Cannabis decriminalization bill shelved for Erdan committee

The committee will include representatives of the Public Security Ministry, Justice Ministry, Anti-Drug Authority, as well as Haskel, and is expected to present recommendations within two months.

By
June 13, 2016 18:59
1 minute read.
MK Sharren Haskel (Likud)

MK Sharren Haskel (Likud). (photo credit: FACEBOOK)

 
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MK Sharren Haskel (Likud) pulled her bill to decriminalize personal cannabis use Monday, after Public Security Minister Gilad Erdan agreed to form a committee to examine the policy.

Erdan opposed Haskel's bill, which was meant to be brought to a vote in the Ministerial Committee for Legislation.

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After several weeks of negotiations, Erdan and Haskel agreed to form a committee to "examine enforcement policy towards personal use of cannabis without changing the existing social norms about cannabis and general drug use."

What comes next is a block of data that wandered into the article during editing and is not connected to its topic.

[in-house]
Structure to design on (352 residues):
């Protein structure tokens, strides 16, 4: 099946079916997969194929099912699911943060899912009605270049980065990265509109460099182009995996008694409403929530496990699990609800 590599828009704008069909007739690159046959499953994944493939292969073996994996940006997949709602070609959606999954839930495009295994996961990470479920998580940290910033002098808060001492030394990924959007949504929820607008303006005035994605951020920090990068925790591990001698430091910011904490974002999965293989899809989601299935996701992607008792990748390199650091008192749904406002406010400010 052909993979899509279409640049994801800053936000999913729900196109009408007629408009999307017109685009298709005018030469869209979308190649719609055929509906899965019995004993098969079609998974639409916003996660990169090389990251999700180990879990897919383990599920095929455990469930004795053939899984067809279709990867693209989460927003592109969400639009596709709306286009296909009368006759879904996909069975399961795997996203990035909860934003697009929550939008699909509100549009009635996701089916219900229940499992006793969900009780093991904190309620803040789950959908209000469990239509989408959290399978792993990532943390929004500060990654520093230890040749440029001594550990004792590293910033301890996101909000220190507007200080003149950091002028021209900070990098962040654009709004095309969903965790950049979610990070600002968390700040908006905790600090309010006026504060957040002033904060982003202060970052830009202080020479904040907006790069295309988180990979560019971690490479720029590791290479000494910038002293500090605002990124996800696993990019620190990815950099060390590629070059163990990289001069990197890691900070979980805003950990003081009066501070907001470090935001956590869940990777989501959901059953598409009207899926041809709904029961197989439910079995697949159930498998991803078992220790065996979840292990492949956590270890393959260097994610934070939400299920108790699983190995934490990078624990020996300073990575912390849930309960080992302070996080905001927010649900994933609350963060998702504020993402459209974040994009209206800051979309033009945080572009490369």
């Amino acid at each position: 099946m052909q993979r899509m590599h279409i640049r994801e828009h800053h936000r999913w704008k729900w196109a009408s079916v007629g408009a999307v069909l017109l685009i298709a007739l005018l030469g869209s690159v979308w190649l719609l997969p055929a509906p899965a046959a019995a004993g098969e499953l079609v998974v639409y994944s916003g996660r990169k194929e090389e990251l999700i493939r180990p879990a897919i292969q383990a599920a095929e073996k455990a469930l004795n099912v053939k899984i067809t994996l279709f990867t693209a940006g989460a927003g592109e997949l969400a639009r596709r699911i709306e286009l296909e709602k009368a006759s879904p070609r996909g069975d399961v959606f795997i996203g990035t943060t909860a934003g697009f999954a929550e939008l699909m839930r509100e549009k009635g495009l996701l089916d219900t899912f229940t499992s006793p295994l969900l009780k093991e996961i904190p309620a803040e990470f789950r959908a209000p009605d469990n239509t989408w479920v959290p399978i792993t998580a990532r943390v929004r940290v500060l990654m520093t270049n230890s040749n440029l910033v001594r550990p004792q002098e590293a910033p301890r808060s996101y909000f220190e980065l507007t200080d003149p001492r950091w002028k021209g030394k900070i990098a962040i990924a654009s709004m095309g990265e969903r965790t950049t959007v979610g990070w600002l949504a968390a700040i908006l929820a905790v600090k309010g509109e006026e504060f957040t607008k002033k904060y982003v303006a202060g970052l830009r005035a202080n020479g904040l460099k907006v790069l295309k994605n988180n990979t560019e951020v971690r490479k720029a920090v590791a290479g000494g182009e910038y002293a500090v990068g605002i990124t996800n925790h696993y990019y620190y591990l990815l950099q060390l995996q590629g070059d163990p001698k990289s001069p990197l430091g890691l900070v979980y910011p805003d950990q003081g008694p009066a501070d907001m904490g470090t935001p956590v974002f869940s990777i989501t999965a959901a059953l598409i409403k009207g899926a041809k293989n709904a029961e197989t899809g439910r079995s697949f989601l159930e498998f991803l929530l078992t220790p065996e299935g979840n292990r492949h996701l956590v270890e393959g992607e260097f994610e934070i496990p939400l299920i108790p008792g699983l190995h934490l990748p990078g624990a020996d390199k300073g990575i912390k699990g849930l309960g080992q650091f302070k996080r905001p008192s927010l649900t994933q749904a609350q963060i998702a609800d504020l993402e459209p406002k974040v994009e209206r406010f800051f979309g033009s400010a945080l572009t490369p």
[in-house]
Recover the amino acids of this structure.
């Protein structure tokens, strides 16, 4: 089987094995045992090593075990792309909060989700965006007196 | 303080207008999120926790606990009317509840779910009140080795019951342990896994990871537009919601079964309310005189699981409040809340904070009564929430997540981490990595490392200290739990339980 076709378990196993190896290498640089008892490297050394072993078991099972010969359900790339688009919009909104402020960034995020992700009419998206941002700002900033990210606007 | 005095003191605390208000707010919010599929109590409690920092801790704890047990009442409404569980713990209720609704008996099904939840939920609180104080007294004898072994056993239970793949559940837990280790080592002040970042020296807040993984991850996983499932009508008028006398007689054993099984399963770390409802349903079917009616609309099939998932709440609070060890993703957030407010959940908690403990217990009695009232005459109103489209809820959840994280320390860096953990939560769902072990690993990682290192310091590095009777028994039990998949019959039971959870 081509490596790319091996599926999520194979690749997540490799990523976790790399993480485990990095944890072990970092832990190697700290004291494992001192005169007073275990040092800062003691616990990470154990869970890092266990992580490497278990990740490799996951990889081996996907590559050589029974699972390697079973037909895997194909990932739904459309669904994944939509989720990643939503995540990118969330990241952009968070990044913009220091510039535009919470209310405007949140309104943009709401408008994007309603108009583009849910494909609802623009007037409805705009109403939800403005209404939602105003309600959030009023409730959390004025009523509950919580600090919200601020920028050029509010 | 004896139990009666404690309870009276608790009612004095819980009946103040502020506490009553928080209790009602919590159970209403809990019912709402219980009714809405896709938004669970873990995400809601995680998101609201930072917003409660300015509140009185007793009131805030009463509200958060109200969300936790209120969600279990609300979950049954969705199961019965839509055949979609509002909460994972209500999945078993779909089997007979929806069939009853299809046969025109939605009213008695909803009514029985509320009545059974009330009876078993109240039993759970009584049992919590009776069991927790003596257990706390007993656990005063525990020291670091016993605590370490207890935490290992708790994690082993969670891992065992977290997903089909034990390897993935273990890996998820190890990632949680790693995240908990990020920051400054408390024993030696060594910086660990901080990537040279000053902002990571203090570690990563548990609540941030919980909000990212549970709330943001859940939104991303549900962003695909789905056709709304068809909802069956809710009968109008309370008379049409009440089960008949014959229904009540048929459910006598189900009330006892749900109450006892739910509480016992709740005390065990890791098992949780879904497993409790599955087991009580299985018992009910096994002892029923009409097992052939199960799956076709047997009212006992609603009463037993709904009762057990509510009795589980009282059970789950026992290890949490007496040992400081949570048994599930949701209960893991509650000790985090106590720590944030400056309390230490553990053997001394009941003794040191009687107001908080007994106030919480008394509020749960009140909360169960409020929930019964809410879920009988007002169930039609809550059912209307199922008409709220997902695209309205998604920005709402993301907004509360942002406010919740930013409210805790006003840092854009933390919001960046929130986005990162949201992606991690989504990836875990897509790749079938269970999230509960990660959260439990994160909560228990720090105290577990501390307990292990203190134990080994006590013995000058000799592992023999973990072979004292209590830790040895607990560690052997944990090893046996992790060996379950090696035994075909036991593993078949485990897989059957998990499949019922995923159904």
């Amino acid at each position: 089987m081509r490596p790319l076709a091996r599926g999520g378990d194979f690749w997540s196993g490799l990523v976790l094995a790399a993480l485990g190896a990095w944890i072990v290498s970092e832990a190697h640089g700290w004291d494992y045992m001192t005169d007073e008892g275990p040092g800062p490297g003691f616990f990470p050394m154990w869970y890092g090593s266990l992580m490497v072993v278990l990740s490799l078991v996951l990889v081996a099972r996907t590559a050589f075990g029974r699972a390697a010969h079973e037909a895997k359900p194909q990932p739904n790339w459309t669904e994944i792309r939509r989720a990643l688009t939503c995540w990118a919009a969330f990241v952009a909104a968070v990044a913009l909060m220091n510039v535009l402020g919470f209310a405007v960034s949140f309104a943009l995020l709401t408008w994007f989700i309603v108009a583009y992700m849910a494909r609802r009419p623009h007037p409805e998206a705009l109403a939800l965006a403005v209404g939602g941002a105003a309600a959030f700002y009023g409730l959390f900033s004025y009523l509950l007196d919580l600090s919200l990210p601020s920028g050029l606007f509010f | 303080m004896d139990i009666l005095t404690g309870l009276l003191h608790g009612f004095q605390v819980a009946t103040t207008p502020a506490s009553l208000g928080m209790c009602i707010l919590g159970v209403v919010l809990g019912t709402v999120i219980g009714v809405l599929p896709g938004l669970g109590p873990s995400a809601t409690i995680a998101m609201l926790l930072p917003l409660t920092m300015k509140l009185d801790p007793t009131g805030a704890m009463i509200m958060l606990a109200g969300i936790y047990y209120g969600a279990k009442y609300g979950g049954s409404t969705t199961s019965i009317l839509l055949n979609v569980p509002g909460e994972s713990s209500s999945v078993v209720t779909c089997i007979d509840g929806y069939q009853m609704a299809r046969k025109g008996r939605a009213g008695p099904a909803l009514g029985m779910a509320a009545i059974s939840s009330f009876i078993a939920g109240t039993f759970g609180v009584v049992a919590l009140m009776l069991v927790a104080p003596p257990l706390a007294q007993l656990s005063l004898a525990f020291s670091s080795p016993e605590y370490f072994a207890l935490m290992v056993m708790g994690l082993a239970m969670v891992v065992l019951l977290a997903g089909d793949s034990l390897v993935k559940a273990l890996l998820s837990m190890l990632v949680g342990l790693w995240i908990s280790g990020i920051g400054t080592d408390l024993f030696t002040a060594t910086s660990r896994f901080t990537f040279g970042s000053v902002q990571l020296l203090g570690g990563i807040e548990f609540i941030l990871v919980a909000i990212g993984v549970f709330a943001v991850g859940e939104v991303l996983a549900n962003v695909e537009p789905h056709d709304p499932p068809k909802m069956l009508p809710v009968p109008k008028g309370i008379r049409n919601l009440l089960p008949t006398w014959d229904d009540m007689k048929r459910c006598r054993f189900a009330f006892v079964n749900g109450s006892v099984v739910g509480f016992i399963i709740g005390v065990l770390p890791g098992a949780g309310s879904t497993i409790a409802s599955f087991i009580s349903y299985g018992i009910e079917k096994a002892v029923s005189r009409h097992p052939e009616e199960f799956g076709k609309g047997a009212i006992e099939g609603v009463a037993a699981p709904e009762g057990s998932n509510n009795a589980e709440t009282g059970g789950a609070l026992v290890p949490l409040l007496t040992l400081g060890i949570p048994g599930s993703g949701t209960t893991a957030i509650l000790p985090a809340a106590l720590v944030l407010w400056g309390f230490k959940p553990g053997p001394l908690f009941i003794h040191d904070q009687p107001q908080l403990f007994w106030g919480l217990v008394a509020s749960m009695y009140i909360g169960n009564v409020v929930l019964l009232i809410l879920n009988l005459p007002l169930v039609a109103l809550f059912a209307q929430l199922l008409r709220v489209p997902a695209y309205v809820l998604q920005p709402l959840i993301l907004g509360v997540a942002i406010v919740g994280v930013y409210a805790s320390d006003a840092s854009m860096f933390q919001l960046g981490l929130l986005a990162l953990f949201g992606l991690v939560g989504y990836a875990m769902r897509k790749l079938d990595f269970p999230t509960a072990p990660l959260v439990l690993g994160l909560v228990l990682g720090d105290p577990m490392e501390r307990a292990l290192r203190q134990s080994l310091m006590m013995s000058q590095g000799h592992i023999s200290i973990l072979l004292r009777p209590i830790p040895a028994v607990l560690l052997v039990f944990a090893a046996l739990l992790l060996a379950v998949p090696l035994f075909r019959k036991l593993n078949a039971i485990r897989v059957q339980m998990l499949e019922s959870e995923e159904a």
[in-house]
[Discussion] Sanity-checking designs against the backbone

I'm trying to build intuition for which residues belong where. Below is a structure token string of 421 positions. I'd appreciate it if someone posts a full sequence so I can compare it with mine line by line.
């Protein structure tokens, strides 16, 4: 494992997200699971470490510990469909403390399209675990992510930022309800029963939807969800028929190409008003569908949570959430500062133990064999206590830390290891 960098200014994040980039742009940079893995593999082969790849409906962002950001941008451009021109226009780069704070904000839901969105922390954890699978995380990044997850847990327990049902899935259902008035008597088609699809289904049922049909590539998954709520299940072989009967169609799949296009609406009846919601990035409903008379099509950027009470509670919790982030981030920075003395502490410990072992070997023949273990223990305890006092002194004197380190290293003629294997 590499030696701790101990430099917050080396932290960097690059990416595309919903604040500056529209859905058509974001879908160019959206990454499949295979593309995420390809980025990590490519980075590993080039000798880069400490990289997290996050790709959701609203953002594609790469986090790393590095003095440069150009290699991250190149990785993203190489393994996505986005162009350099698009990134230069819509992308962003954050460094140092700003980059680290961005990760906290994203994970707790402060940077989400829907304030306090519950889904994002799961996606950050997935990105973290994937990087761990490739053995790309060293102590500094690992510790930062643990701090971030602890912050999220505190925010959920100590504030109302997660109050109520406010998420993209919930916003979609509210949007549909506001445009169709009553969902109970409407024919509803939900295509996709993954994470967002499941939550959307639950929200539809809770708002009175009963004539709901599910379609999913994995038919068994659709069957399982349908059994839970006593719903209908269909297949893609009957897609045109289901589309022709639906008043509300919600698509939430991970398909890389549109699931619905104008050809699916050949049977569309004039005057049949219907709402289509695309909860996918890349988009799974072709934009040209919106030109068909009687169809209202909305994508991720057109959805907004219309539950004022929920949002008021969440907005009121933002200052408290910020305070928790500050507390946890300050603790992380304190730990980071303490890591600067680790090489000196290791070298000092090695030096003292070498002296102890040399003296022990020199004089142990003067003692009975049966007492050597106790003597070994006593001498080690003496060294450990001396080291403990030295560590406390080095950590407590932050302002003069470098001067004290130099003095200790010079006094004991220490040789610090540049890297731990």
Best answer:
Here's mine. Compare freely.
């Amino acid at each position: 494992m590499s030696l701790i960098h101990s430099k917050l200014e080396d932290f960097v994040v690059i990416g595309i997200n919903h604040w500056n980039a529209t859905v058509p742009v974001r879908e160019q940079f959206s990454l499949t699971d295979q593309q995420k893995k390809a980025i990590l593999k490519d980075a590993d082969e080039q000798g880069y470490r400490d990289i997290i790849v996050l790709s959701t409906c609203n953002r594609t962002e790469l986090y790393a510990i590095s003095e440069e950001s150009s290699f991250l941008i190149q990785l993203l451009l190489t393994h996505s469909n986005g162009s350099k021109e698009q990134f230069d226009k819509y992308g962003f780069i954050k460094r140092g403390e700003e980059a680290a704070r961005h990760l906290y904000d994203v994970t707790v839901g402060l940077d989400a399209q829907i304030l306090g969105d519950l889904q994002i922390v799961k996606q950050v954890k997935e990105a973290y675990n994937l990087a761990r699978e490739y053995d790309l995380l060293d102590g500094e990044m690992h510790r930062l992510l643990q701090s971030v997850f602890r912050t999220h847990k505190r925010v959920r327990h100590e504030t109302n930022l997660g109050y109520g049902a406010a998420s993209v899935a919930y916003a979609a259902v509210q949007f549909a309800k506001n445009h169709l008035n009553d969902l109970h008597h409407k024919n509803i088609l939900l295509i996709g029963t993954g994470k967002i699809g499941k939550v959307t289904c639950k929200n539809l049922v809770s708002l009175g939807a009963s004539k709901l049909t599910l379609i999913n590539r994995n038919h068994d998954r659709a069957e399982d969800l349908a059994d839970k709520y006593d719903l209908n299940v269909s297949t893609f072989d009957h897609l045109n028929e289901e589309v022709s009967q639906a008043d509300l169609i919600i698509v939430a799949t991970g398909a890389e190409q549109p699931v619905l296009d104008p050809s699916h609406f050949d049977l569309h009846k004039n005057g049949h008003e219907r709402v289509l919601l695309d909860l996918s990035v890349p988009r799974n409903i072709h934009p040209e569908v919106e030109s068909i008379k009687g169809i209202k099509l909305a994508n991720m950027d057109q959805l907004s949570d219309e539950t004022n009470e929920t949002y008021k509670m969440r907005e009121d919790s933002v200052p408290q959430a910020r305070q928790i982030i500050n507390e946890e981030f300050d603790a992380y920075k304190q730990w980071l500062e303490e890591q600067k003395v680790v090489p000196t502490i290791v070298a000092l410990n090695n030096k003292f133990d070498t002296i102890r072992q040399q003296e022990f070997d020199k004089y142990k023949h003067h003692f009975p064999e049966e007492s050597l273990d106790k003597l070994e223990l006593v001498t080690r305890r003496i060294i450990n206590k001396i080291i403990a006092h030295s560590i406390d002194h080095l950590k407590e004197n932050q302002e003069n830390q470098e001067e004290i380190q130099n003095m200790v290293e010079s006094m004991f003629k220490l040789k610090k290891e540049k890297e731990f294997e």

The committee will include representatives of the Public Security Ministry, Justice Ministry, Anti-Drug Authority, as well as Haskel, and is expected to present recommendations within two months.

Haskel thanked Erdan for listening to her explanations of "the problems of the current enforcement policies, which were not updated in over a decade.

"I believe the committee's recommendations will bring a change in the field," she added.

Currently, the law lists a sentence of up to three years in prison for a first cannabis offense, but most cases are closed due to lack of public interest if the perpetrator has under 15 grams of the drug. The sentence for a second offense is usually a suspended sentence probation, and the third is a prison sentence.


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